of SIP, silly.
Zephyr Xstream is the world standard for ISDN remote codecs. But it can also do IP remotes, and as ISDN circuits become harder to obtain, many stations are choosing to use their Zephyr Xstream's IP capabilities, which use industry-standard SIP and RTP to make connections over public IP networks.
SIP is a connection protocol (Session Initiation Protocol - see http://www.voip-info.org/wiki/view/SIP). RTP is a transport protocol (Real-time Transport Protocol - see http://www.voip-info.org/wiki/view/RTP). In the case of broadcast remotes via IP, the order of events is that SIP is used to initiate the transfer, and once the connection is made, RTP then carries the audio. A Telos Z/IP ONE or Zephyr Xstream initiates a SIP connection, and using that protocol, negotiates a connection over which each end can send an RTP stream to the other end. Then the SIP connection ends, leaving only the two RTP audio streams.
If you have a direct IP connection between the two ends of your remote, no problem - your XStream will connect via SIP and RTP easily. But many stations have a Network Address Translation layer, or
NAT (see http://www.voip-info.org/wiki/view/nat), which can be problematic. A NAT, as defined in the IETF's RFC 1631 (http://www.ietf.org/rfc/rfc1631.txt), is a way for local networks to allow multiple internal connections to and from the Web while consuming only one local IP address. Useful as this can be when managing IP address blocks, it can unfortunately interfere with the remote connection from your Zephyr.
Z/IP ONE codecs can handle NATs with no problem, using our complimentary Z/IP Server service to register and locate your remote connection behind the NAT. But Zephyr Xstream doesn't use Z/IP Servers - so how do you make the connection?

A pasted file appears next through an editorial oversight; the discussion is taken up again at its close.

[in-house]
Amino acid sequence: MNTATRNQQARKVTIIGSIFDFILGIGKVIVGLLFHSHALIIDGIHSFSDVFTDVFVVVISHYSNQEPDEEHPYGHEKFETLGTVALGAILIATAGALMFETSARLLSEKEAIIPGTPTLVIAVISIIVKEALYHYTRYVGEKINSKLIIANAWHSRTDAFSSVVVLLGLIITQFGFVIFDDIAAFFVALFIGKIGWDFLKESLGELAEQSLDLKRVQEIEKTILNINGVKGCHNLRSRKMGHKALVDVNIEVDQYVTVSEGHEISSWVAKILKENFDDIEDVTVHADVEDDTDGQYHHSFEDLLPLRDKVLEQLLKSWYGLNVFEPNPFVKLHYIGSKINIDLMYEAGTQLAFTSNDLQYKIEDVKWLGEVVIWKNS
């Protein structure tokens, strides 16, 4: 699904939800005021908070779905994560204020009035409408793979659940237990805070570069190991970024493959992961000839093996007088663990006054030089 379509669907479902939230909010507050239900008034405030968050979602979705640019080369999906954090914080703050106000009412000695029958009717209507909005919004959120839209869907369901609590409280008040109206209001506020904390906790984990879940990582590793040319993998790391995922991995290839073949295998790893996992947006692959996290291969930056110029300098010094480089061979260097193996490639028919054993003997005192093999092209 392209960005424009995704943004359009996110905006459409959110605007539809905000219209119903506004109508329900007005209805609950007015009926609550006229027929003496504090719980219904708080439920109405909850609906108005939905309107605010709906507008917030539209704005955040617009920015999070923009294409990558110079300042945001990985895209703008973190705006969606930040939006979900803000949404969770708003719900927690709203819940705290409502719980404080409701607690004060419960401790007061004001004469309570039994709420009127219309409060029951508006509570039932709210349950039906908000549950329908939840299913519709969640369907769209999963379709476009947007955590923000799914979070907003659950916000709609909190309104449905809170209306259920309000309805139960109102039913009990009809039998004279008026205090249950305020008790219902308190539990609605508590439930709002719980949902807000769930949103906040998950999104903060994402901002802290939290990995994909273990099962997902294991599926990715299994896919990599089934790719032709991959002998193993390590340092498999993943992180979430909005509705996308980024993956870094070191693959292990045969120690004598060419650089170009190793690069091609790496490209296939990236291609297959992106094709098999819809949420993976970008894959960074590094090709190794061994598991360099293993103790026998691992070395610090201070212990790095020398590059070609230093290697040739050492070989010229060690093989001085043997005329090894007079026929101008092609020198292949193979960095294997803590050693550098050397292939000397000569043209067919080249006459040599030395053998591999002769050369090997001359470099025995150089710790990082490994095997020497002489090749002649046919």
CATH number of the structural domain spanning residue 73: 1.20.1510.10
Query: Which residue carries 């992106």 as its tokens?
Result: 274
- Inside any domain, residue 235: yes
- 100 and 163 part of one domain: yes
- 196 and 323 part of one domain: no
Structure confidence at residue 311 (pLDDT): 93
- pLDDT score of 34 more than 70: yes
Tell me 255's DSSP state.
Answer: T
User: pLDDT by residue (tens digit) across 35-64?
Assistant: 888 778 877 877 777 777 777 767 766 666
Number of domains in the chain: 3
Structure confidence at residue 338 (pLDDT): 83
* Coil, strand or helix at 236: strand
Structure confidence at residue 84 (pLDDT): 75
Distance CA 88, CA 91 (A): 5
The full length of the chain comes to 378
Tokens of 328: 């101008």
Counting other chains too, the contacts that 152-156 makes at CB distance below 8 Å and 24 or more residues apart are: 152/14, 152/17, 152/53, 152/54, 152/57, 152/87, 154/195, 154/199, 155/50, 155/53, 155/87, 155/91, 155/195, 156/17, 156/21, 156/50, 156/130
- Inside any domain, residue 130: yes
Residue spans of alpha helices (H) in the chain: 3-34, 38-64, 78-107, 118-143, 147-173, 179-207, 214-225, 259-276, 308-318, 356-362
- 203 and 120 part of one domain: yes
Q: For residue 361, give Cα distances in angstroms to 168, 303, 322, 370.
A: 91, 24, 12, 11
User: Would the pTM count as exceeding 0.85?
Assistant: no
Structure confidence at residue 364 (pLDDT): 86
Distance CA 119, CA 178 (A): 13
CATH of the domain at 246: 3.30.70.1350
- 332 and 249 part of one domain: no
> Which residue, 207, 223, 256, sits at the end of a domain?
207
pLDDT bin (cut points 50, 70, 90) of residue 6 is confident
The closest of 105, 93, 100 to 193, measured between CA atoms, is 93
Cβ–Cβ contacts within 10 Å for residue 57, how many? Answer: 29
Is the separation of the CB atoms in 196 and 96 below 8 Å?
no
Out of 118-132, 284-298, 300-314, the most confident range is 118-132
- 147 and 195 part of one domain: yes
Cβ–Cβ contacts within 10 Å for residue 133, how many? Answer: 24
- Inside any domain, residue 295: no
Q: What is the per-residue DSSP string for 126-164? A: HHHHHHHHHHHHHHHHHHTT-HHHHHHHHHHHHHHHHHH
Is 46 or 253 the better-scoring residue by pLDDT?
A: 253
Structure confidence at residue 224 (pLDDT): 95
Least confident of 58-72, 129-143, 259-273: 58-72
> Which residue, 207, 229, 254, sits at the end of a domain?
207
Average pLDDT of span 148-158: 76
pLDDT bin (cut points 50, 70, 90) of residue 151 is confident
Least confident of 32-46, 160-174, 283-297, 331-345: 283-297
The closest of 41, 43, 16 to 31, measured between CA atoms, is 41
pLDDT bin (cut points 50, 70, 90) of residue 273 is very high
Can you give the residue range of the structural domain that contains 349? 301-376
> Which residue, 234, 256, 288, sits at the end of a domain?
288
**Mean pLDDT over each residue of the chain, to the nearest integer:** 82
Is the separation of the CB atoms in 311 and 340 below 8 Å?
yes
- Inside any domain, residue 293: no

Betcha didn't know you could do that with your ZX.
Here's the trick: on the last Codec menu screen of your Zephyr Xstream, set the WAN IP field to match your network's public IP address - the IP that is presented to the world outside the NAT. Why? Using this value, SIP will negotiate for each side to send an RTP stream, so it needs to know what IP address to tell the other side to stream to. By default, this is the Zephyr's IP address - but if it's behind a NAT, that IP address isn't reachable by the far side. Filling the WAN IP field tells SIP to use that public IP address instead.
Finally, make sure your NAT router is set to forward the proper streaming ports to the Zephyr. Zephyr uses TCP 5060 and UDP 9150 by default; you’ll also need to make available TCP ports 24 and 308 available (used for session updating), port 11926 (used for listening) and ports 5060 and 5061 (used for SIP negotiation). If you need help with port forwarding, check out the tools available at http://portforward.com/.
With just a few minutes of easy configuration,, you'll be doing IP remotes with your Zephyr Xstream. Remember, however, that a Zephyr XStream was designed to be an ISDN codec that does a bit of IP -- in this role, it's no substitute for a purpose-built IP codec like our Z/IP ONE., which has technology like ACT built in to maximize IP connection reliability and audio quality over the public Internet. But, if you're in a pinch and the purchase of a Z/IP ONE is down the road a bit, your Zephyr XStream can fill in nicely.